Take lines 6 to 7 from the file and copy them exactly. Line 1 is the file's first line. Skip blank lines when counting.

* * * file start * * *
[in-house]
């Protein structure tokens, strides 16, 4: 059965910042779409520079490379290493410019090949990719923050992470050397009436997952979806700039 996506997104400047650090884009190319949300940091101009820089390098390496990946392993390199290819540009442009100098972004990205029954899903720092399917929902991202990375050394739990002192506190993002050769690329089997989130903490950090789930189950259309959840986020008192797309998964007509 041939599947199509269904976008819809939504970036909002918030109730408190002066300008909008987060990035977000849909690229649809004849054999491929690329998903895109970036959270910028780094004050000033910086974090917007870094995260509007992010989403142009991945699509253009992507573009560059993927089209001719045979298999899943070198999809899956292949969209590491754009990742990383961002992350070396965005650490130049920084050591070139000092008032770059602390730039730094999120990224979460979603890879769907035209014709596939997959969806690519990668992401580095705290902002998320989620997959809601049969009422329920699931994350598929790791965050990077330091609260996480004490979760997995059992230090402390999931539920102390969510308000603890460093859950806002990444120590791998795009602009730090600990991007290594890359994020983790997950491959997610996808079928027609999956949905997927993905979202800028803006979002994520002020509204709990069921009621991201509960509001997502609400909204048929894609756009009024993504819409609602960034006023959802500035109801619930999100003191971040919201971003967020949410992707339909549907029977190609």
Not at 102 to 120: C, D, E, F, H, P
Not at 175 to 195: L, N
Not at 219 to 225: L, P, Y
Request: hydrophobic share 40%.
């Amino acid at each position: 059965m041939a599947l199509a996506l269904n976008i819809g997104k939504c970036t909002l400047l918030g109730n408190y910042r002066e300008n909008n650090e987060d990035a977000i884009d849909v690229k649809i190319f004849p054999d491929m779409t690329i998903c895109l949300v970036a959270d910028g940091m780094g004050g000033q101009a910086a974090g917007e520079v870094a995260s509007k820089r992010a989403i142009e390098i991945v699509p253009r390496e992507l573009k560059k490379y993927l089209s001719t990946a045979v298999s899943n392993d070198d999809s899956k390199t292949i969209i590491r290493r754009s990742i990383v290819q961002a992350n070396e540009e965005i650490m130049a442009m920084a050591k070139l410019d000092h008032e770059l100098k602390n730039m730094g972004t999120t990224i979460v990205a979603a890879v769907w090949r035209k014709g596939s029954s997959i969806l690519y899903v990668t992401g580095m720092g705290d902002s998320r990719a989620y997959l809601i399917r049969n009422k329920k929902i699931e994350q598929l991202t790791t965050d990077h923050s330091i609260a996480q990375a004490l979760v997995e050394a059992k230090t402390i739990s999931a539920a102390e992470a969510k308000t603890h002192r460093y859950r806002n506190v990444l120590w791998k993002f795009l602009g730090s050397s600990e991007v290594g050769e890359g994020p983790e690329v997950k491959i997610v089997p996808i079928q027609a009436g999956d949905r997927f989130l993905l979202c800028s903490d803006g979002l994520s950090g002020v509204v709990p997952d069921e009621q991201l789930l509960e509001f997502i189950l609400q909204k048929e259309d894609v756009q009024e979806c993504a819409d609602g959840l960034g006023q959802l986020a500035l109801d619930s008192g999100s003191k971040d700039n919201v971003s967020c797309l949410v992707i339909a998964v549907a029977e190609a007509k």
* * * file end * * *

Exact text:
Request: hydrophobic share 40%.
């Amino acid at each position: 059965m041939a599947l199509a996506l269904n976008i819809g997104k939504c970036t909002l400047l918030g109730n408190y910042r002066e300008n909008n650090e987060d990035a977000i884009d849909v690229k649809i190319f004849p054999d491929m779409t690329i998903c895109l949300v970036a959270d910028g940091m780094g004050g000033q101009a910086a974090g917007e520079v870094a995260s509007k820089r992010a989403i142009e390098i991945v699509p253009r390496e992507l573009k560059k490379y993927l089209s001719t990946a045979v298999s899943n392993d070198d999809s899956k390199t292949i969209i590491r290493r754009s990742i990383v290819q961002a992350n070396e540009e965005i650490m130049a442009m920084a050591k070139l410019d000092h008032e770059l100098k602390n730039m730094g972004t999120t990224i979460v990205a979603a890879v769907w090949r035209k014709g596939s029954s997959i969806l690519y899903v990668t992401g580095m720092g705290d902002s998320r990719a989620y997959l809601i399917r049969n009422k329920k929902i699931e994350q598929l991202t790791t965050d990077h923050s330091i609260a996480q990375a004490l979760v997995e050394a059992k230090t402390i739990s999931a539920a102390e992470a969510k308000t603890h002192r460093y859950r806002n506190v990444l120590w791998k993002f795009l602009g730090s050397s600990e991007v290594g050769e890359g994020p983790e690329v997950k491959i997610v089997p996808i079928q027609a009436g999956d949905r997927f989130l993905l979202c800028s903490d803006g979002l994520s950090g002020v509204v709990p997952d069921e009621q991201l789930l509960e509001f997502i189950l609400q909204k048929e259309d894609v756009q009024e979806c993504a819409d609602g959840l960034g006023q959802l986020a500035l109801d619930s008192g999100s003191k971040d700039n919201v971003s967020c797309l949410v992707i339909a998964v549907a029977e190609a007509k």